Shambletracks: Lovecraft In Brooklyn is my jam.

A new day, a new Shambletrack” as the really really famous saying definitely goes.

Wow guys it’s been a crazy ride getting here but we made it. When we started Shambletracks back on January 21st 2015 we could not have imagined this kind of runaway success – it’s just been amazing. Thank you all so much for your unending support through this mental and emotional time – I really feel like we deserve this; and hey, here’s to another 2 days!

Wow I think I just accurately used a semicolon (Zac helped). (Zac wrote it) – Now I, can go back to misusin-g ‘punctuation” at Will*!#coolmoves.

*like at will, not targeting someone called William. Although we could totally do that.


Today I have chosen Lovecraft In Brooklyn by The Mountain Goats. I have done this for many reasons. These will now become clear through the medium of information.

1. Laurie and I have given two relatively soft and melodic choices to you guys so far so I thought I’d add something a bit more thumping and drum-driven.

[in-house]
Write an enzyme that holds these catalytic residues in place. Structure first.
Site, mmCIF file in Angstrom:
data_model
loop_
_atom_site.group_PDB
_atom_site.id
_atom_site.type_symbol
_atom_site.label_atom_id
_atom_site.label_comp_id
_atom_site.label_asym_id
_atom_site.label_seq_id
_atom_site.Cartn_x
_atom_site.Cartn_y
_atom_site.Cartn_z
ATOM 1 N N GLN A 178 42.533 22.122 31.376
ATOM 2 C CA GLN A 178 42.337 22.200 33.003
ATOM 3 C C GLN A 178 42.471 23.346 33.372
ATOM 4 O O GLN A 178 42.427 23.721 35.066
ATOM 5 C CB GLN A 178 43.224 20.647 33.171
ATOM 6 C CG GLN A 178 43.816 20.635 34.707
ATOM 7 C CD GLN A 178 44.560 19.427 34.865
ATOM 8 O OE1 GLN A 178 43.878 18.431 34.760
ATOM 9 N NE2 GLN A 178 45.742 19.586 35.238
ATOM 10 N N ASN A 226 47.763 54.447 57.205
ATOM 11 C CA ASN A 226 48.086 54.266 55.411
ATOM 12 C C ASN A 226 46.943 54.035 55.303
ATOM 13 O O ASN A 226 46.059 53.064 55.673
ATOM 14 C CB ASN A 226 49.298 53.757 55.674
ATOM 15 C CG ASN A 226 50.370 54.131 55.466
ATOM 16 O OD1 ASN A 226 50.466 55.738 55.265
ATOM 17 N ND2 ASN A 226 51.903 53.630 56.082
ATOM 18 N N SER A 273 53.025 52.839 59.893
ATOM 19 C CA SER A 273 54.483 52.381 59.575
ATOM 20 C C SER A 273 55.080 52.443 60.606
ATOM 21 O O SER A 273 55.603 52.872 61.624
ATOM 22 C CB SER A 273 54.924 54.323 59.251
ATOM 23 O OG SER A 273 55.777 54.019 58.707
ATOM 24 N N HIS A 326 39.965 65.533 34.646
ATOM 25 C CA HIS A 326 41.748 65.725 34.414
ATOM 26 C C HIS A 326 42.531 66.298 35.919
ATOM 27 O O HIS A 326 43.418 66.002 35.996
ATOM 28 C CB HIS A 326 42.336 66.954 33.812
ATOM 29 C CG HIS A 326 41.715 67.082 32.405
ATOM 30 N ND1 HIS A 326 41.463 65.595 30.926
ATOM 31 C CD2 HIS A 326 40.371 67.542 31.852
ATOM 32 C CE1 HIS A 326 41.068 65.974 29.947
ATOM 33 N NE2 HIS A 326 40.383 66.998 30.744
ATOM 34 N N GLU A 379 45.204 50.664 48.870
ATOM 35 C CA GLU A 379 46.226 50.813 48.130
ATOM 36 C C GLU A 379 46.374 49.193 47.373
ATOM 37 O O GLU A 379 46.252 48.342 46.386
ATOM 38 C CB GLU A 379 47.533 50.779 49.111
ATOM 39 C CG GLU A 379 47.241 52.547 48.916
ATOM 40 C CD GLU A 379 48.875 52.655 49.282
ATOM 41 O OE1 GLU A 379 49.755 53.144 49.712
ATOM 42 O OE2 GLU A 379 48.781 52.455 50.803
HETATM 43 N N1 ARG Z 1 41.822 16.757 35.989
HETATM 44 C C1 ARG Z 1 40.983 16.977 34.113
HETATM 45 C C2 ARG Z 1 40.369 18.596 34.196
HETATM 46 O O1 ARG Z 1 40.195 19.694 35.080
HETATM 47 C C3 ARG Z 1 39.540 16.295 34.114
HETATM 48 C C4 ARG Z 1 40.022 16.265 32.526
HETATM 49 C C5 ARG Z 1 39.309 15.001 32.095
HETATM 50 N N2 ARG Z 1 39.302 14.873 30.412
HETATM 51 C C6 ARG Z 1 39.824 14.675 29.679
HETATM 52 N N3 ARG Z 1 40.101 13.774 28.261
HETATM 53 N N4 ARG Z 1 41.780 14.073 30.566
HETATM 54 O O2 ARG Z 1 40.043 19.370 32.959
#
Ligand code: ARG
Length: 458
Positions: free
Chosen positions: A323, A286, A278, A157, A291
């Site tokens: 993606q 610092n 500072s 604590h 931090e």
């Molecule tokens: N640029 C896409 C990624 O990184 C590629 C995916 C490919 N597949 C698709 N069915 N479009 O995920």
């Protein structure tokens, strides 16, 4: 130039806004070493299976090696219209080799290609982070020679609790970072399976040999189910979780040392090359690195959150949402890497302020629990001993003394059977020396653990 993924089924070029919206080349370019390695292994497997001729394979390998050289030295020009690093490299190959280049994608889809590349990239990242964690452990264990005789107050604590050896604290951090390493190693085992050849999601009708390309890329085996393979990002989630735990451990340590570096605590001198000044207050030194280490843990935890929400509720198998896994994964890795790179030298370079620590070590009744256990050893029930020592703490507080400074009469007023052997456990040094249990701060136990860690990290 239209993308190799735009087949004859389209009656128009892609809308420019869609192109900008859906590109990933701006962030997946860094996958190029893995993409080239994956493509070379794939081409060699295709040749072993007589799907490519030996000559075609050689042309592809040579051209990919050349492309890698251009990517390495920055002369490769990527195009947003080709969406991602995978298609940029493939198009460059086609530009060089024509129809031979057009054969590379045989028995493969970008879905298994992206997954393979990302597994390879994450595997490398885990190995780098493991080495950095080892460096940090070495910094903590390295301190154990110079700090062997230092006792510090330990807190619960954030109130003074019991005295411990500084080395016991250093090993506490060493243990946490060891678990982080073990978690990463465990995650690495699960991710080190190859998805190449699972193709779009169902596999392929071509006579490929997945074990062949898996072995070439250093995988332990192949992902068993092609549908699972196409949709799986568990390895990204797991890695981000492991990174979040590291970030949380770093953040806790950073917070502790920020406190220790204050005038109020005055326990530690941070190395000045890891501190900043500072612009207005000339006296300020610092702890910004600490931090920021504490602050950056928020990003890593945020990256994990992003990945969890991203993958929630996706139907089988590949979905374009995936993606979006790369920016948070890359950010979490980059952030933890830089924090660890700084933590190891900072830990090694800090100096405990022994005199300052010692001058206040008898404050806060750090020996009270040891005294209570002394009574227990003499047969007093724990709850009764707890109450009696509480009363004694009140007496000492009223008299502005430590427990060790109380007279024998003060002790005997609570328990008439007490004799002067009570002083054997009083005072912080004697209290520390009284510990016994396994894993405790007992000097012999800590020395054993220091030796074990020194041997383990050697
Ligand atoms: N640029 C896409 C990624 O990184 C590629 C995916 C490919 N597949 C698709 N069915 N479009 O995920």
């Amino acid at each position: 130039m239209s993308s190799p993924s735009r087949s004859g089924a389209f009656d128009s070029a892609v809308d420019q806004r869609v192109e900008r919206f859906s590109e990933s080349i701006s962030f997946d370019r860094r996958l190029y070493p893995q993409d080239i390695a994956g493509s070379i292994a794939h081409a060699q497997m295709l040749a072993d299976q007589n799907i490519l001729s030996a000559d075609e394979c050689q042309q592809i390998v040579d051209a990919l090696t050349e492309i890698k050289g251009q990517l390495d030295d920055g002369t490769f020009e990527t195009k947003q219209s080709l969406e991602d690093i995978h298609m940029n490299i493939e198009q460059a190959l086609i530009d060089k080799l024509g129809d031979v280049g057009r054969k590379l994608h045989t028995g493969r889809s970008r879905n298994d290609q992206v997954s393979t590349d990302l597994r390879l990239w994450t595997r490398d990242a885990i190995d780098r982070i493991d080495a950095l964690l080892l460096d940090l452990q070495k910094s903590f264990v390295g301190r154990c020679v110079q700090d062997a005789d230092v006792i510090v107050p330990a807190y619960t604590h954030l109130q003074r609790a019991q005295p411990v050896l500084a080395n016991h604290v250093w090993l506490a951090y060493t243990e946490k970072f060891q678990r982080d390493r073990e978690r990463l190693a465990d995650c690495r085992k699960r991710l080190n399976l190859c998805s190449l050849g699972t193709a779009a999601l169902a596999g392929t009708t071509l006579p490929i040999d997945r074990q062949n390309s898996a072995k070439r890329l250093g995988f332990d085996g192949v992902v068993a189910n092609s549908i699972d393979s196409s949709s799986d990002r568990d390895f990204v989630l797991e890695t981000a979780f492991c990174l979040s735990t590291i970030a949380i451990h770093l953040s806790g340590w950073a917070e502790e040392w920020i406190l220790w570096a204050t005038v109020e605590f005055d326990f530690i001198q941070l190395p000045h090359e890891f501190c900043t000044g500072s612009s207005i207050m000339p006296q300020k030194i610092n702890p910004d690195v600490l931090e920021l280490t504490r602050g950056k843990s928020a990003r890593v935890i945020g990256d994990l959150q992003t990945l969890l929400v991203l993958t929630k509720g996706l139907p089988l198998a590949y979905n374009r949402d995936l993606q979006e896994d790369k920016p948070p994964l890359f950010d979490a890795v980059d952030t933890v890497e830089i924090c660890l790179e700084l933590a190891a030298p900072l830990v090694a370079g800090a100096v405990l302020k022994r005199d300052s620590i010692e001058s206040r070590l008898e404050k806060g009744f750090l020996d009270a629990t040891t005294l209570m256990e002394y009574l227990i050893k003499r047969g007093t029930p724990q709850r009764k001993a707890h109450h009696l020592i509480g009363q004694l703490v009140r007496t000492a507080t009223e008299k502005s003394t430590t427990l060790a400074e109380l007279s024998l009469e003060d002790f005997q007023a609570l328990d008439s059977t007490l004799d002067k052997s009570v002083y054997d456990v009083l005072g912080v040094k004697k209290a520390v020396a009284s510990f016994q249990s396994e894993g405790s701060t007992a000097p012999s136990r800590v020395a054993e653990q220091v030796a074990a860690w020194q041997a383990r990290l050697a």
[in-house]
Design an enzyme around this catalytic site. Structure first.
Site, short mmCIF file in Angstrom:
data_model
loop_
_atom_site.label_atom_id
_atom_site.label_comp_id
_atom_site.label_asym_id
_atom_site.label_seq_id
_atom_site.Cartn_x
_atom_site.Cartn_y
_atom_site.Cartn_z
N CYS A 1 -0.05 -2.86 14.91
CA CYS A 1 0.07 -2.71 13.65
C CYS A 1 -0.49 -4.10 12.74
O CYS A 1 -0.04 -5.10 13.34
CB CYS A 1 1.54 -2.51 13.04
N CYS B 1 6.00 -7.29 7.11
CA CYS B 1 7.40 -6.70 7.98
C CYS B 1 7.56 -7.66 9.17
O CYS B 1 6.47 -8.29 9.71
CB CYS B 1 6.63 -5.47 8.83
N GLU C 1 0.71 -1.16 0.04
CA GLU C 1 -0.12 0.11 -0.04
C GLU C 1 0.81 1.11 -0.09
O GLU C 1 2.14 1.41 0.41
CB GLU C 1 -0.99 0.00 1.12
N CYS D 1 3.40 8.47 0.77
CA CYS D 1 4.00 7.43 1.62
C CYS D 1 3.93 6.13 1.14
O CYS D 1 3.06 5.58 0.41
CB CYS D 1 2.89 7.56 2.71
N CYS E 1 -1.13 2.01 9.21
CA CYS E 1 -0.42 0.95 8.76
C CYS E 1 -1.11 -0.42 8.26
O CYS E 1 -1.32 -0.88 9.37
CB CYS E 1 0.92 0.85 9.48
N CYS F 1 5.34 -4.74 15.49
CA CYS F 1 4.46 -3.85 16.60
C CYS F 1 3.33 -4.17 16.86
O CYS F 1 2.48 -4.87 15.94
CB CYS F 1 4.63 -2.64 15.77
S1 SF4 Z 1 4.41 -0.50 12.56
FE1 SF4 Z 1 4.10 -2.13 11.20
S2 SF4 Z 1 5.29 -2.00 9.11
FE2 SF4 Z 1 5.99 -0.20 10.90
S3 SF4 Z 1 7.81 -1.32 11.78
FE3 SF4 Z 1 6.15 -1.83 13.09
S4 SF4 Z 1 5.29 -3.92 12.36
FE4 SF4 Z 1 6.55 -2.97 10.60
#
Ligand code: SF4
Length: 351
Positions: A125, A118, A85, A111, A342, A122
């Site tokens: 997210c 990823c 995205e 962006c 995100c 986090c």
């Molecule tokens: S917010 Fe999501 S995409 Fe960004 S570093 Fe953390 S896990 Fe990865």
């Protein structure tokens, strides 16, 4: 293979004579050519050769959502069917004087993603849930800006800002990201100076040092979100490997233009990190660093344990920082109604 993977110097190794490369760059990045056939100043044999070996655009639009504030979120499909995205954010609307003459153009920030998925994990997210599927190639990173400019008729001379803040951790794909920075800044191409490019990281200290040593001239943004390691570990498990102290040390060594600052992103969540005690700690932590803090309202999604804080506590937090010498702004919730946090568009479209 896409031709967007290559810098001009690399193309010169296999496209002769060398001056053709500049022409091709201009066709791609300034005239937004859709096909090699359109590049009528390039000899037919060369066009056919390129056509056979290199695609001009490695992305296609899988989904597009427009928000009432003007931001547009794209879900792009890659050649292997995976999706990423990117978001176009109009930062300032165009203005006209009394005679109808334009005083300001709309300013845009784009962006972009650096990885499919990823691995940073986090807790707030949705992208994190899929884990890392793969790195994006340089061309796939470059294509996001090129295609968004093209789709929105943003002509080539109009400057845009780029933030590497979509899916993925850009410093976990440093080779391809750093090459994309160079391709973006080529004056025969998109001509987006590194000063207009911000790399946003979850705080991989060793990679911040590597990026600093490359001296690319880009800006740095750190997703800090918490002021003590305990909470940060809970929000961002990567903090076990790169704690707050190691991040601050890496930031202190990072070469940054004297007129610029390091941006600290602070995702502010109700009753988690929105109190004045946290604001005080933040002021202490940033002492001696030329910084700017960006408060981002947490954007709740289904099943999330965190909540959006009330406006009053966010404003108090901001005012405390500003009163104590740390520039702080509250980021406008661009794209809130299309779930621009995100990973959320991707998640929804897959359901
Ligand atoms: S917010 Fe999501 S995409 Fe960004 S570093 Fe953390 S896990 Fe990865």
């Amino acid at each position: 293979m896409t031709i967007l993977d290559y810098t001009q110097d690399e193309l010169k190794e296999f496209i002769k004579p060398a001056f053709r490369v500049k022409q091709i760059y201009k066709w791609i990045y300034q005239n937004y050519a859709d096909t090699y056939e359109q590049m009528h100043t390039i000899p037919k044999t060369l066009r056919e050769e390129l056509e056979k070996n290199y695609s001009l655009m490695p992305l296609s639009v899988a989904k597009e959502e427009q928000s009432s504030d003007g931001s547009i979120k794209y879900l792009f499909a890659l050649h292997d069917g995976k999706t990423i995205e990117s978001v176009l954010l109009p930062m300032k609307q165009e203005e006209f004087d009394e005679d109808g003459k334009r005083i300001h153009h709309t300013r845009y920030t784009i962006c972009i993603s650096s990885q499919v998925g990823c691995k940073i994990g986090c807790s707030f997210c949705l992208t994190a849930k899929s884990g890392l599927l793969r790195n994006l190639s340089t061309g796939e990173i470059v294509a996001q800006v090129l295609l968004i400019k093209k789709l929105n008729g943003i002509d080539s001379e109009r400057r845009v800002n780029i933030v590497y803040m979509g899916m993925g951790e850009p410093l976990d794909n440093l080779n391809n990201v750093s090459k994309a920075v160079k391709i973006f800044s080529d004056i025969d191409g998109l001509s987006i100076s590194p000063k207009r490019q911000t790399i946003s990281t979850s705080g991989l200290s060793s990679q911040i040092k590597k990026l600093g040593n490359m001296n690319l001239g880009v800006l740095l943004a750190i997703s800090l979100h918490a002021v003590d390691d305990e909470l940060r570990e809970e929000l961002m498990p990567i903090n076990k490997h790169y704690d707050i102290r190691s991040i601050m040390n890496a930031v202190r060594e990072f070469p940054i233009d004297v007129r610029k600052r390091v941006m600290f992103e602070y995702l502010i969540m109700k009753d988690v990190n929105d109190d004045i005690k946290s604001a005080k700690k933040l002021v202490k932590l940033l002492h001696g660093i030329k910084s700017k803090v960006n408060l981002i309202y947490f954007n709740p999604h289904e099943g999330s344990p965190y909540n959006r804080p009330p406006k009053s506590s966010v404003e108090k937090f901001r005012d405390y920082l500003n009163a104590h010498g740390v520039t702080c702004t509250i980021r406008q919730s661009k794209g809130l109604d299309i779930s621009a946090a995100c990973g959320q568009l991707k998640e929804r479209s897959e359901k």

2. I’m currently reading The Lovecraft Anthology and this came on shuffle and I was all like ‘whaaaaaaaaaaat!?’ but then realised no one cared and broke my self-made surprise tableaux THAT I WORKED ON FOR AGES MIND YOU ROBERT.

3. I love this band. I love this song. I love basically everything about them and it, respectively.

4. I will be in Brooklyn next month. I feel that’s perhaps relevant.

You should (if you haven’t already) go and buy everything they have ever released. This album is called Heretic Pride and is wonderful, although if you’re looking for something to hook you onto The Mountain Goats I’d recommend picking up a copy of ‘The Sunset Tree’ or ‘Tallahassee’ first?

OH and the other thing that’s interesting about this song is it’s basically about a man who starts to identify with H.P Lovecraft at the height of his paranoia, racism and fear of everyone. Lovecraft moved to Brooklyn pursuing his love for a lady, and found the whole place terrifying – don’t worry though, the song’s overriding feeling is of disconnection and being alienated as opposed to ‘what it’s like to fear immigrants’.

Anyways, give it a listen and see what you think. It’s definitely the band’s heaviest song (by quite a long way) so if it doesn’t click with you, check out some of their more acoustic/folksy stuff on youtube.



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